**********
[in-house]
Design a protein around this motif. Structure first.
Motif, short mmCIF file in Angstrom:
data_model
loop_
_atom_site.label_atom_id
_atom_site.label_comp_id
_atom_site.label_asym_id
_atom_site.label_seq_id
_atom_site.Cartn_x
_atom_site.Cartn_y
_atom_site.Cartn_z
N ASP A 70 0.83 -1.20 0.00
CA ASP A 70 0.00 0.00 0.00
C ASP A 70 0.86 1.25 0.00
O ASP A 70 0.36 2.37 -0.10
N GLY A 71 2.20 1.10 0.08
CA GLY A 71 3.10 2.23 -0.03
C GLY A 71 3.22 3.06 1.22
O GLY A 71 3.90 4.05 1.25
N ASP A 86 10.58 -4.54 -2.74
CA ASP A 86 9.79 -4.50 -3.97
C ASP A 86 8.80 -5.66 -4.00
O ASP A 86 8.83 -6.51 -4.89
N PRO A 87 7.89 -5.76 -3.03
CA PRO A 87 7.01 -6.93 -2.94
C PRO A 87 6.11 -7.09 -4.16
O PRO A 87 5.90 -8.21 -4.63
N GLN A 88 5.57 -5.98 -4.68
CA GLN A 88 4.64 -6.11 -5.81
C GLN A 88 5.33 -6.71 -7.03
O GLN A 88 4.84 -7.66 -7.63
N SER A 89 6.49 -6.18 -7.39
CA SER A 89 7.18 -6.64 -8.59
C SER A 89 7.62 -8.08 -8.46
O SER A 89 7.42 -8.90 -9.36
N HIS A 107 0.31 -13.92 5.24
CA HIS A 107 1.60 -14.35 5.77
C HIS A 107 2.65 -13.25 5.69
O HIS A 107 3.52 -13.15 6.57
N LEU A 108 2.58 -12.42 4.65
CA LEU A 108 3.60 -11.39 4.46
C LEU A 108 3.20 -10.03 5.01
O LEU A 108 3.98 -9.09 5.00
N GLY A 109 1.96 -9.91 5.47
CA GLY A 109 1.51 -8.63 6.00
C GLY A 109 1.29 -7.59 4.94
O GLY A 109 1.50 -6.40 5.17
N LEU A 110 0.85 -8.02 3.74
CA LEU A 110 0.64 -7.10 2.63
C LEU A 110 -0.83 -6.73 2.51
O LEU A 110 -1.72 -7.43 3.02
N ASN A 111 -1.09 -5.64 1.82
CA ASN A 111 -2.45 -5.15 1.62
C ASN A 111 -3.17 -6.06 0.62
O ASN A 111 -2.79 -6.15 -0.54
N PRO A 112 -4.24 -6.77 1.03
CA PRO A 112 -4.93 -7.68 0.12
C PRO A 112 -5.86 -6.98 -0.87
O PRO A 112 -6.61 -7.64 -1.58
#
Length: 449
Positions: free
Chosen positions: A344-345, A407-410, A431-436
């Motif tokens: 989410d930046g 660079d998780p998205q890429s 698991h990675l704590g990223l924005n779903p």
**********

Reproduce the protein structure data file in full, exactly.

[in-house]
Design a protein around this motif. Structure first.
Motif, short mmCIF file in Angstrom:
data_model
loop_
_atom_site.label_atom_id
_atom_site.label_comp_id
_atom_site.label_asym_id
_atom_site.label_seq_id
_atom_site.Cartn_x
_atom_site.Cartn_y
_atom_site.Cartn_z
N ASP A 70 0.83 -1.20 0.00
CA ASP A 70 0.00 0.00 0.00
C ASP A 70 0.86 1.25 0.00
O ASP A 70 0.36 2.37 -0.10
N GLY A 71 2.20 1.10 0.08
CA GLY A 71 3.10 2.23 -0.03
C GLY A 71 3.22 3.06 1.22
O GLY A 71 3.90 4.05 1.25
N ASP A 86 10.58 -4.54 -2.74
CA ASP A 86 9.79 -4.50 -3.97
C ASP A 86 8.80 -5.66 -4.00
O ASP A 86 8.83 -6.51 -4.89
N PRO A 87 7.89 -5.76 -3.03
CA PRO A 87 7.01 -6.93 -2.94
C PRO A 87 6.11 -7.09 -4.16
O PRO A 87 5.90 -8.21 -4.63
N GLN A 88 5.57 -5.98 -4.68
CA GLN A 88 4.64 -6.11 -5.81
C GLN A 88 5.33 -6.71 -7.03
O GLN A 88 4.84 -7.66 -7.63
N SER A 89 6.49 -6.18 -7.39
CA SER A 89 7.18 -6.64 -8.59
C SER A 89 7.62 -8.08 -8.46
O SER A 89 7.42 -8.90 -9.36
N HIS A 107 0.31 -13.92 5.24
CA HIS A 107 1.60 -14.35 5.77
C HIS A 107 2.65 -13.25 5.69
O HIS A 107 3.52 -13.15 6.57
N LEU A 108 2.58 -12.42 4.65
CA LEU A 108 3.60 -11.39 4.46
C LEU A 108 3.20 -10.03 5.01
O LEU A 108 3.98 -9.09 5.00
N GLY A 109 1.96 -9.91 5.47
CA GLY A 109 1.51 -8.63 6.00
C GLY A 109 1.29 -7.59 4.94
O GLY A 109 1.50 -6.40 5.17
N LEU A 110 0.85 -8.02 3.74
CA LEU A 110 0.64 -7.10 2.63
C LEU A 110 -0.83 -6.73 2.51
O LEU A 110 -1.72 -7.43 3.02
N ASN A 111 -1.09 -5.64 1.82
CA ASN A 111 -2.45 -5.15 1.62
C ASN A 111 -3.17 -6.06 0.62
O ASN A 111 -2.79 -6.15 -0.54
N PRO A 112 -4.24 -6.77 1.03
CA PRO A 112 -4.93 -7.68 0.12
C PRO A 112 -5.86 -6.98 -0.87
O PRO A 112 -6.61 -7.64 -1.58
#
Length: 449
Positions: free
Chosen positions: A344-345, A407-410, A431-436
């Motif tokens: 989410d930046g 660079d998780p998205q890429s 698991h990675l704590g990223l924005n779903p």